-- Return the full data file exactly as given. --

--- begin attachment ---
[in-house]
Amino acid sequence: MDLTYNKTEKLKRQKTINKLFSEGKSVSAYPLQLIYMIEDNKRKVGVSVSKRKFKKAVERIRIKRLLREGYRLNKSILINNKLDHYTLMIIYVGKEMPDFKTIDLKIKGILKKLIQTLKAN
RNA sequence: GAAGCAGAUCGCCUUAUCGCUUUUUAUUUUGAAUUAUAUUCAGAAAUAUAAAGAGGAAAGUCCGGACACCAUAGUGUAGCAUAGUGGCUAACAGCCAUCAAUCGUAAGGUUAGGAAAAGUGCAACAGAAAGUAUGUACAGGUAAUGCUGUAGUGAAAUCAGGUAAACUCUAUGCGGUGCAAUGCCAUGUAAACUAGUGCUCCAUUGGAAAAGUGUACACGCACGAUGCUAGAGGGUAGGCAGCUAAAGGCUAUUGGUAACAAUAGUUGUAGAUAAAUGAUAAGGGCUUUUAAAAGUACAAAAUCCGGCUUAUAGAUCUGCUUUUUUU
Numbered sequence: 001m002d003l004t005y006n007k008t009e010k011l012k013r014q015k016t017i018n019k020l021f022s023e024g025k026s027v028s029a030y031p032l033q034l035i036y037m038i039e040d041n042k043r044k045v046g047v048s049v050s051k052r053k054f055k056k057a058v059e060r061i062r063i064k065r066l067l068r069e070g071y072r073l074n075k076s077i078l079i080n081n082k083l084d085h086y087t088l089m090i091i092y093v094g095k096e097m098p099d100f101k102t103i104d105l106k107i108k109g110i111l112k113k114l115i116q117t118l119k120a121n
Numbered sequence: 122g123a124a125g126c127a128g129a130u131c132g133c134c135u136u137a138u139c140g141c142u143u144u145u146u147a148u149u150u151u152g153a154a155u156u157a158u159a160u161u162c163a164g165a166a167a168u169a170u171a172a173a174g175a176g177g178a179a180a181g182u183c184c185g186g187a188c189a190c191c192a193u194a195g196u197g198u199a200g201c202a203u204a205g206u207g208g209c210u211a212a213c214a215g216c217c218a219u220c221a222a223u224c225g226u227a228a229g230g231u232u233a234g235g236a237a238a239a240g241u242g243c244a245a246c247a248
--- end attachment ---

[in-house]
Amino acid sequence: MDLTYNKTEKLKRQKTINKLFSEGKSVSAYPLQLIYMIEDNKRKVGVSVSKRKFKKAVERIRIKRLLREGYRLNKSILINNKLDHYTLMIIYVGKEMPDFKTIDLKIKGILKKLIQTLKAN
RNA sequence: GAAGCAGAUCGCCUUAUCGCUUUUUAUUUUGAAUUAUAUUCAGAAAUAUAAAGAGGAAAGUCCGGACACCAUAGUGUAGCAUAGUGGCUAACAGCCAUCAAUCGUAAGGUUAGGAAAAGUGCAACAGAAAGUAUGUACAGGUAAUGCUGUAGUGAAAUCAGGUAAACUCUAUGCGGUGCAAUGCCAUGUAAACUAGUGCUCCAUUGGAAAAGUGUACACGCACGAUGCUAGAGGGUAGGCAGCUAAAGGCUAUUGGUAACAAUAGUUGUAGAUAAAUGAUAAGGGCUUUUAAAAGUACAAAAUCCGGCUUAUAGAUCUGCUUUUUUU
Numbered sequence: 001m002d003l004t005y006n007k008t009e010k011l012k013r014q015k016t017i018n019k020l021f022s023e024g025k026s027v028s029a030y031p032l033q034l035i036y037m038i039e040d041n042k043r044k045v046g047v048s049v050s051k052r053k054f055k056k057a058v059e060r061i062r063i064k065r066l067l068r069e070g071y072r073l074n075k076s077i078l079i080n081n082k083l084d085h086y087t088l089m090i091i092y093v094g095k096e097m098p099d100f101k102t103i104d105l106k107i108k109g110i111l112k113k114l115i116q117t118l119k120a121n
Numbered sequence: 122g123a124a125g126c127a128g129a130u131c132g133c134c135u136u137a138u139c140g141c142u143u144u145u146u147a148u149u150u151u152g153a154a155u156u157a158u159a160u161u162c163a164g165a166a167a168u169a170u171a172a173a174g175a176g177g178a179a180a181g182u183c184c185g186g187a188c189a190c191c192a193u194a195g196u197g198u199a200g201c202a203u204a205g206u207g208g209c210u211a212a213c214a215g216c217c218a219u220c221a222a223u224c225g226u227a228a229g230g231u232u233a234g235g236a237a238a239a240g241u242g243c244a245a246c247a248